MEPS 289:89-107 (2005)  -  doi:10.3354/meps289089

Assessing the impact of oil-related activities on benthic macroinfauna assemblages of the Campeche shelf, southern Gulf of Mexico

Hector A. Hernández Arana*,1,4, Richard M. Warwick1,2, Martin J. Attrill1, Ashley A. Rowden1,5, Gerardo Gold-Bouchot3

1Marine Biology and Ecology Research Group, School of Biological Sciences, University of Plymouth, Drake Circus, Plymouth PL4 8AA, UK
2Plymouth Marine Laboratory, Prospect Place, Plymouth PL1 3DH, UK
3Centro de Investigación y de Estudios Avanzados del Instituto Politécnico Nacional (CINVESTAV-IPN),Antigua Carr. a Progreso km 2.5, 97310 Mérida, Yucatán, Mexico
4Present address: El Colegio de la Frontera Sur, Avenida Centenario km 5.5, Apartado Postal 424, Chetumal 77000, Quintana Roo, Mexico
5Present address: National Institute of Water and Atmospheric Research, PO Box 14-901, Wellington, New Zealand

ABSTRACT: Considering the long history of oil extraction and the numerous platforms that exist in the southern Gulf of Mexico, a regional approach has been used to investigate the impact of oil-related activities on the macrobenthic community. The objective was to determine the effect of oil-related activity in a region known to have a highly variable benthic community composition due to temporal and spatial variability of its natural environment. A transect design along gradients of natural variables and disturbance intensities, including active oil platforms, was implemented during the rainy and winter storms (‘northers’) seasons of 1999 to 2000. Univariate and multivariate statistical analyses were applied to a data set of 2 macroinfauna size fractions retained on 0.5 and 2 mm sieves, in conjunction with levels of metals, oil hydrocarbons and a range of natural sediment variables. A pattern of contamination existed, with increased levels of contaminants at stations close to rigs and in areas of high oil platform densities. At these sites, macroinfauna abundance and biomass were reduced. Regression analyses and matching of Biotic to Environmental multivariate patterns (BIO–ENV) indicated that a combination of metals and natural sediment variables best explained the variability in macroinfauna data for all sites. Meta-analysis at phylum level was employed to specifically assess disturbance. The results of this technique were inconsistent between sampling dates due to a complex influence of natural and anthropogenic disturbance. However, increased variability in community composition was linked to oil-related disturbance.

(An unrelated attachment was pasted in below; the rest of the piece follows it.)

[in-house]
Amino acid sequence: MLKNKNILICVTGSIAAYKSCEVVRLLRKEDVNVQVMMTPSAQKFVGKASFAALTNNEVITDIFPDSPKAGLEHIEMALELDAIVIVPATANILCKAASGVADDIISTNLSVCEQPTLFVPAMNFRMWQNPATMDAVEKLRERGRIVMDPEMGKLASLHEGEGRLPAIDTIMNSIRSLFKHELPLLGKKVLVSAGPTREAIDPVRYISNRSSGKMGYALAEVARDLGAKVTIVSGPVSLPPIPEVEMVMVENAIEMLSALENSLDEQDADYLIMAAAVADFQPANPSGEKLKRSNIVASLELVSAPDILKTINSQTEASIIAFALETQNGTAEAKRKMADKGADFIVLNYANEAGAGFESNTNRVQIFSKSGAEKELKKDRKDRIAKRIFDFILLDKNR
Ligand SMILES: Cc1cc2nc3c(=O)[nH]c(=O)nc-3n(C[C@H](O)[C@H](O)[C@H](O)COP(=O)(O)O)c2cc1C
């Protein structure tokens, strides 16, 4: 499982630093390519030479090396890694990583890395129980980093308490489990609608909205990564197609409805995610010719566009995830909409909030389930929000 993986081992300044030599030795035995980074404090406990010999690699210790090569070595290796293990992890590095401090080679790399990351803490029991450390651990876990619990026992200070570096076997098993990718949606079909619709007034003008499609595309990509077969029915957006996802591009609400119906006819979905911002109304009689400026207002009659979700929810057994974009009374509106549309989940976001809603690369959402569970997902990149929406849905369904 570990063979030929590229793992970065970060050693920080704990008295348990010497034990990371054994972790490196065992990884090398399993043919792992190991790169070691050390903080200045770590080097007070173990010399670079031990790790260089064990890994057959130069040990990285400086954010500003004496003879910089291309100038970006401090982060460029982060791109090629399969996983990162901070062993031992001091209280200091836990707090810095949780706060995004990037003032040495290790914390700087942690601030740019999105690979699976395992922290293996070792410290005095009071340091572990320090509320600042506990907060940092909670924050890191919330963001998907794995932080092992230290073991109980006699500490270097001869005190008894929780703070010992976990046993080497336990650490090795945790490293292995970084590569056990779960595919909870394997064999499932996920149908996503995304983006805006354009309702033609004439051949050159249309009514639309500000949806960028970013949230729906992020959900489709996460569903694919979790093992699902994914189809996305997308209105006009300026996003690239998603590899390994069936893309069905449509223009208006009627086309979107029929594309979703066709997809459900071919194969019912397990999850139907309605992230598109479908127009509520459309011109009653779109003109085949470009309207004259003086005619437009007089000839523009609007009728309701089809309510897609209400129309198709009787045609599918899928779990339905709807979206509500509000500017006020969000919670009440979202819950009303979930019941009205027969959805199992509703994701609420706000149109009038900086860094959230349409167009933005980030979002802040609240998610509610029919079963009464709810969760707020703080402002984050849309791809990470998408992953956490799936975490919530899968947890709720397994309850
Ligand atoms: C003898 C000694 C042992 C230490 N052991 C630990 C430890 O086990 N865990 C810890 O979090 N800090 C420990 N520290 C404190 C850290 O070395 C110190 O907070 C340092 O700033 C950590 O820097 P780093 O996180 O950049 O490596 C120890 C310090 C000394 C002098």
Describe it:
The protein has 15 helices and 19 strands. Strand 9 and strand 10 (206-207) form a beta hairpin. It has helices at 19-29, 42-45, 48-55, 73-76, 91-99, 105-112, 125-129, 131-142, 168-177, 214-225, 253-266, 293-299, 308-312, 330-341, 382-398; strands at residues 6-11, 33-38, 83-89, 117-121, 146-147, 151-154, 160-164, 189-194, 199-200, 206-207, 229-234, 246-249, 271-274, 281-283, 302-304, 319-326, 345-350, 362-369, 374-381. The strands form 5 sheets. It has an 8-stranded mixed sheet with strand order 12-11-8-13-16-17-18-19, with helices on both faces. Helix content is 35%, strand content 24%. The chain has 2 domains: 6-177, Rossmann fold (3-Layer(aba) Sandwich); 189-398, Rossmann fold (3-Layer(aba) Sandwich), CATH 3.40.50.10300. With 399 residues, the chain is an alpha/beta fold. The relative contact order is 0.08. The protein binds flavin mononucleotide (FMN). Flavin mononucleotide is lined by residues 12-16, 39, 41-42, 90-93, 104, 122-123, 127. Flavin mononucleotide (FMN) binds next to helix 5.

KEY WORDS: Oil disturbance · Infauna · Carbonate-terrigenous sediments · Multivariate statistics · Gulf of Mexico

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